Los Mejores Comics del año 2001

“Top 10 Everything 2001”
Por el staff de TIME
Publicado en la formato digital por TIME Magazine, viernes 21 de diciembre de 2001.

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  1. “The Golem’s Mighty Swing” by James Sturm

The Great American Sport meets the Great American Artform. Based on the Jewish legend of the Golem, it’s about a barnstorming Jewish baseball team of the 1920s. Astonishingly, the book feels like the best baseball games: a seat-gripping drama made up of little dramas, all of which add up to something greater than just a game. Nostalgic without being saccharine, the art has the look of old baseball cards put together to tell a story. This one book ties together sport, art and literature into a grand-slam comicbook.

 

  1. “Hey, Wait…” by Jason

This stunning American solo debut by a mono-named Norwegian creates a cartoony, magic-realist world of animal-headed people who live much like we do, except they might use stilts the way we use cars. Amidst a happy spring of comicbooks and kite-flying, young Jon suffers a tragedy that turns him into an instant adult—careworn and guilt-ridden. Both sad and funny, the book becomes a meditation on how events shape our lives and how complicit we are in letting them do so.

 

  1. Drawn & Quarterly Vol. 4

Printed in full color on large-size, heavyweight glossy paper, “D+Q” has become the premium comix anthology series. Appearing annually, this past year’s included a swell mix of European and American works, along with reprints of Frank King’s “Gasoline Alley” Sunday strips from the 1930s.

 

  1. “Peanuts—The Art of Charles Schulz” edited by Chip Kidd

At once a luxurious monograph of America’s favorite cartoonist, and a radical re-presentation of his work, this book goes way beyond being just another “Peanuts” collection. Almost deconstructionist in design, it includes previously unpublished notebooks with an annotated examination of Schulz’s artwork.

 

  1. “The Great Women Cartoonists” by Trina Robbins

Not a comic but a much-needed herstory of women comic artists, Robbin’s book also reads like a chronicle of American women’s history as reflected in the comics. Copiously illustrated, many of these artists haven’t been heard of since they last put their pen down.

 

  1. “All the Wrong Places” by Tom Galambos

Galambos’ self-published novella has a soft, wistful beauty to it. It’s about a man’s struggle to connect with other people and himself. A comicbook without fistfights, wisecracks, or irony, it manages to pack genuine emotion and quiet contemplation into 76 pages.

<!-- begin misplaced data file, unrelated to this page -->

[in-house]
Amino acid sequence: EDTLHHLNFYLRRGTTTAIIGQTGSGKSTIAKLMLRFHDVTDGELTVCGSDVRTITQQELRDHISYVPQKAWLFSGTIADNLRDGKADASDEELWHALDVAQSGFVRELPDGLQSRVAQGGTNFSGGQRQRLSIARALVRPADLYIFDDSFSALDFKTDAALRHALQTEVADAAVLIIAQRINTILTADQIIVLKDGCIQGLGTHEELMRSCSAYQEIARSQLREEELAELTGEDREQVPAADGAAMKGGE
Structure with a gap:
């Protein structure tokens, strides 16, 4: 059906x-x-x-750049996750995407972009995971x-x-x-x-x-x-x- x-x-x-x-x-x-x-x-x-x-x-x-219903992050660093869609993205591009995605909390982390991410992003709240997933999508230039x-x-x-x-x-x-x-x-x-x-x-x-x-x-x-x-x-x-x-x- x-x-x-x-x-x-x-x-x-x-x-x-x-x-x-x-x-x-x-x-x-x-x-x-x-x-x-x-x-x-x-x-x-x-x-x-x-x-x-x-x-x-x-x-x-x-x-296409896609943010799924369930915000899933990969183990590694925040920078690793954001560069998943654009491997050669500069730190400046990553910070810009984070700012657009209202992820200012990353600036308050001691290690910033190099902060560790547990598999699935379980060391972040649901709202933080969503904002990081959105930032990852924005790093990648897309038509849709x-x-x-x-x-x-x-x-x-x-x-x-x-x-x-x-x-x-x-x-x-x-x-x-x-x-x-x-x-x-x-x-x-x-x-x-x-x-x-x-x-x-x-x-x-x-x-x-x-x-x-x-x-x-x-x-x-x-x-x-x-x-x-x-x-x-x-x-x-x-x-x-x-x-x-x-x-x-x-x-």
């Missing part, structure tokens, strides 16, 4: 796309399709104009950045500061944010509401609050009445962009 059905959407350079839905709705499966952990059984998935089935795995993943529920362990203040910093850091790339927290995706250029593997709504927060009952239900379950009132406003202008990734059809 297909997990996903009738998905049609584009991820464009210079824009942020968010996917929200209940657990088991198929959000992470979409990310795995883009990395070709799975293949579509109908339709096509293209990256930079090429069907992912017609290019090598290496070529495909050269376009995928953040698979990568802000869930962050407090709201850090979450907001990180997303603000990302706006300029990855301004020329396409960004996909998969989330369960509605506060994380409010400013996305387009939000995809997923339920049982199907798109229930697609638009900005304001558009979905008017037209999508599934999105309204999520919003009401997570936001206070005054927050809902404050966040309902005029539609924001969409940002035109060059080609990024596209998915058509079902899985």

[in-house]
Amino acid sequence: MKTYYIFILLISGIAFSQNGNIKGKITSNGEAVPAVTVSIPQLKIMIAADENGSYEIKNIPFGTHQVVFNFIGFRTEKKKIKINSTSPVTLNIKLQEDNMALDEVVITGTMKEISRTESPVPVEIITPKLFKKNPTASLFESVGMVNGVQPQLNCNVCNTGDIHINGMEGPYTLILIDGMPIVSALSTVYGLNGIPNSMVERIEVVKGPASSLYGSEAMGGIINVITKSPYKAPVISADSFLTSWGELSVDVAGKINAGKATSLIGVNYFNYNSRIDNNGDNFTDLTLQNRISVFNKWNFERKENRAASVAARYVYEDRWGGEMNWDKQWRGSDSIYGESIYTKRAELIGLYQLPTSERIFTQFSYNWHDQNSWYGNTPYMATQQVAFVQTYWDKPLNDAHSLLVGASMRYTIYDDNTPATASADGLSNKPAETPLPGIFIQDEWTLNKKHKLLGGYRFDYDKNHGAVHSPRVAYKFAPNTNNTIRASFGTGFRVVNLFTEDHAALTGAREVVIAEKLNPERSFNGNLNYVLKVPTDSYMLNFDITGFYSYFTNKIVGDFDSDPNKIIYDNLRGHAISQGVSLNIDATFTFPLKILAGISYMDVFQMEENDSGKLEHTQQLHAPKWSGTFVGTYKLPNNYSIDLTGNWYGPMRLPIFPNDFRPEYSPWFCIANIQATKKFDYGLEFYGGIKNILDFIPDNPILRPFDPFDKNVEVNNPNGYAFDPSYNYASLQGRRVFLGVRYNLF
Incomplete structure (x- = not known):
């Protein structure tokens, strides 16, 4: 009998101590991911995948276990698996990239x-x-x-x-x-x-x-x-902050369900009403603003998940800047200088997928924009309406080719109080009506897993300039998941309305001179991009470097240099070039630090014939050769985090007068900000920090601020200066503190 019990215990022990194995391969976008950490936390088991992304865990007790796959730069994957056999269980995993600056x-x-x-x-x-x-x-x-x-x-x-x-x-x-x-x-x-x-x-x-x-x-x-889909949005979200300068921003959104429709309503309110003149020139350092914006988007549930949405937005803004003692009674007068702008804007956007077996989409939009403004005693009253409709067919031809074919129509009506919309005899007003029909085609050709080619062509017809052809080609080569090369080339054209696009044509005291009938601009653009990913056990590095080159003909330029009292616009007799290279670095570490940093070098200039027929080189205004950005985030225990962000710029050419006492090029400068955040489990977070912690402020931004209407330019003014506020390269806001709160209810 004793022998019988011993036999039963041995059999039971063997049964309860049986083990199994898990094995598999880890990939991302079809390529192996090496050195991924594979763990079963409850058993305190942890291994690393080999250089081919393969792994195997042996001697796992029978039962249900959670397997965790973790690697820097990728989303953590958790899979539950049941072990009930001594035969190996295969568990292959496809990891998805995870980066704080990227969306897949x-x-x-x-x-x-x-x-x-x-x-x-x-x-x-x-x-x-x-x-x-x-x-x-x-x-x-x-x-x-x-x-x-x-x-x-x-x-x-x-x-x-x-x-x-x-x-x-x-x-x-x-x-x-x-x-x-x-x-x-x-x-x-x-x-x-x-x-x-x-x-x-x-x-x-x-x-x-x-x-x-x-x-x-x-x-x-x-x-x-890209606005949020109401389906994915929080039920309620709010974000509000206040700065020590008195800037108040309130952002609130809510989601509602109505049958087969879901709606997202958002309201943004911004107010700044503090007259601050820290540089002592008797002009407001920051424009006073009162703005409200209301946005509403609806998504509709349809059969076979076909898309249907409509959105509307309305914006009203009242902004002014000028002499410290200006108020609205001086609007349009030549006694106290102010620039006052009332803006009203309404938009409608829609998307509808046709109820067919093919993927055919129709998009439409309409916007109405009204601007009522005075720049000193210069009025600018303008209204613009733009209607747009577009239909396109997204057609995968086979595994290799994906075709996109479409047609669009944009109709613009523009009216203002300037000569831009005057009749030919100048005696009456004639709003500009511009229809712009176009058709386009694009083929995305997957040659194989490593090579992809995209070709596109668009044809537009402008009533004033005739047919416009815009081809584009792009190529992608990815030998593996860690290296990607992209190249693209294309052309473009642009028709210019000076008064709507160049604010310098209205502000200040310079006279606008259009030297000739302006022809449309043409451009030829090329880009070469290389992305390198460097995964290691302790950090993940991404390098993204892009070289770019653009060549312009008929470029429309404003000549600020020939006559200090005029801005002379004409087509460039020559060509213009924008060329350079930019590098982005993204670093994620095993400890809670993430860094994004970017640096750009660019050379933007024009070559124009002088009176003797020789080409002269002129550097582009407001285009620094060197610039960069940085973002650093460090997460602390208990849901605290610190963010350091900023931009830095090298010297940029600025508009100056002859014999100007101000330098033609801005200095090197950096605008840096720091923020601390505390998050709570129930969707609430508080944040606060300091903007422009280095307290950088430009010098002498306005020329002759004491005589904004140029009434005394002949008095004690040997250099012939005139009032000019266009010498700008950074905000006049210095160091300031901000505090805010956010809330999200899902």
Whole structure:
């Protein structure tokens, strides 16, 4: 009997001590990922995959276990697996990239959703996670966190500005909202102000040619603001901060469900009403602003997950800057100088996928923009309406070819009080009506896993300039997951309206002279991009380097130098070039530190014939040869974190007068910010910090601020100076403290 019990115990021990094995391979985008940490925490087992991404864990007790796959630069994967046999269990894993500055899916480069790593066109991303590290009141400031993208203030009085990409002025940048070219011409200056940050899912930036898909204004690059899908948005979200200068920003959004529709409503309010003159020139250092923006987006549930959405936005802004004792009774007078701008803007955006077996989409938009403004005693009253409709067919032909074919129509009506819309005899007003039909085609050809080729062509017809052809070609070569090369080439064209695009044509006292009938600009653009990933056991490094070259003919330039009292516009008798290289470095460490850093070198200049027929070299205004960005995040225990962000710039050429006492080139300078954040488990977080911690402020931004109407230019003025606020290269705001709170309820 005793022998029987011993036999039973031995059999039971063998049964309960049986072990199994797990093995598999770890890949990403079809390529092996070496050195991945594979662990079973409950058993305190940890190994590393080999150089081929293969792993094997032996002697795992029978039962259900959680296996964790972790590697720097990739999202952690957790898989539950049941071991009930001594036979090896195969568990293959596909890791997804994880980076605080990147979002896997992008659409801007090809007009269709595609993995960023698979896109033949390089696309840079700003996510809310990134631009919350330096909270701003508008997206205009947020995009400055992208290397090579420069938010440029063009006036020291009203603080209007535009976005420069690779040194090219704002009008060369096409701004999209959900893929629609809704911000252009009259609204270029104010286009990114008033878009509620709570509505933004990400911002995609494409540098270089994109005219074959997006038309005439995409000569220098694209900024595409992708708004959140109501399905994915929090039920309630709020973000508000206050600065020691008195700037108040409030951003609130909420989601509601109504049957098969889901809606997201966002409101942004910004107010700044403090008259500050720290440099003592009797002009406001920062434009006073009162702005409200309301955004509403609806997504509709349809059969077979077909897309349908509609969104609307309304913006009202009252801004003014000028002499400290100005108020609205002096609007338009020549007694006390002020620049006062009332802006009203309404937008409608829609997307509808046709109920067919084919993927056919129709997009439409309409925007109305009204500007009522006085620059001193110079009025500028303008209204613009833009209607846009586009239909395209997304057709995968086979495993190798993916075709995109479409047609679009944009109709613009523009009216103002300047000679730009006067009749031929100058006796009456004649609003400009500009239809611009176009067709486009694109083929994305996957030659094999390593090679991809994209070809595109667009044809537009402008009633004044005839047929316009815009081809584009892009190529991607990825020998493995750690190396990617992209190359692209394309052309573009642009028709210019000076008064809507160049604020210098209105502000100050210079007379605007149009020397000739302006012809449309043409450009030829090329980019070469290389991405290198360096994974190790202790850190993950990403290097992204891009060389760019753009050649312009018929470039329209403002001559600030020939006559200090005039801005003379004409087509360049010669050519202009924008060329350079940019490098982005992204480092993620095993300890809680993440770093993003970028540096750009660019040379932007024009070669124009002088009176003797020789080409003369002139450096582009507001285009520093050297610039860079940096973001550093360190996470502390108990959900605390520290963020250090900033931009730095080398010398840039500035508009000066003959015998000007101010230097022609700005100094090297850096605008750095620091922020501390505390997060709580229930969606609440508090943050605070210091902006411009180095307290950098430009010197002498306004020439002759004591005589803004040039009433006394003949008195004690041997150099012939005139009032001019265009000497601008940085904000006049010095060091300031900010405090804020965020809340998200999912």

1. Non #5

Gorgeously crafted by publisher Jordan Crane, this anthology is as much a sculpture as a comicbook. The silk-screened cover wraps around the central book, along with two little novellas tucked into a cardboard recess behind it. Brian Biggs, Megan Kelso and about twenty other comix artists contributed to this exceptional collection that could have made this list even without the remarkable packaging.

NOTA: Este comic es uno de los santos griales de principios de siglo. Autopublicado por Jordan Crane, NON solo llegó a 5 tomos entre el ’97 y ‘01, y gracias a un auspicio de la prestigiosa Fundación Xeric ($8,000 dólares, ni más ni menos), Crane logró editar y empacar esta última edición de la manera más lujosa posible.

El reparto de artistas dentro de la edición no tiene parangón: Jason, Mat Brinkman, Dave Kiersch, Greg Cook, Megan Kelso, Ron Regé Jr., Teven Weisman, Paul Lyons, James Kochalka, Paul Pope, Nick Bertozzi, Brian Chippendale, Chris “Pshaw” Cammett, Brian Biggs, Tom Devlin, Brian Ralph, Ulf K., David Choe, Kurt Wolfgang y el propio Crane.

NON #5 incluye aparte de la Antología principal dos novelas gráficas, “Col Dee” (por Crane, Red Ink) y “Where Hats Go” (por Wolfgang, Bertrand Island Press).

 

  1. “Pistolwhip” by Jason Hall and Matt Kindt

With the kind of boldness born of inexperience Hall and Kindt published their first comix as a full graphic novel, and threw in a second, shorter comic as well. Using the tropes of film noir (private detectives, femme fatales) with a fresh, almost goofball expressionism, these guys more than justified their self-confidence.

 

  1. “Jack Cole and Plastic Man” by Art Spiegelman and Chip Kidd

Originally appearing in the “New Yorker,” Spiegelman’s essay on the life and art of Jack Cole has been expanded in book format with tons of Cole’s work. Designed by Kidd, you couldn’t imagine a more playful book about the too-short life of Plastic Man’s creator.

 

  1. “Heavy Liquid” by Paul Pope

After several works of stylish but hard to follow sci-fi, Pope gets it dead on with this smart, offbeat story about a weird liquid with psychotropic properties. For those who yearn for comix’ very own version of “Blade Runner” or “The Matrix,” your prayer has been answered.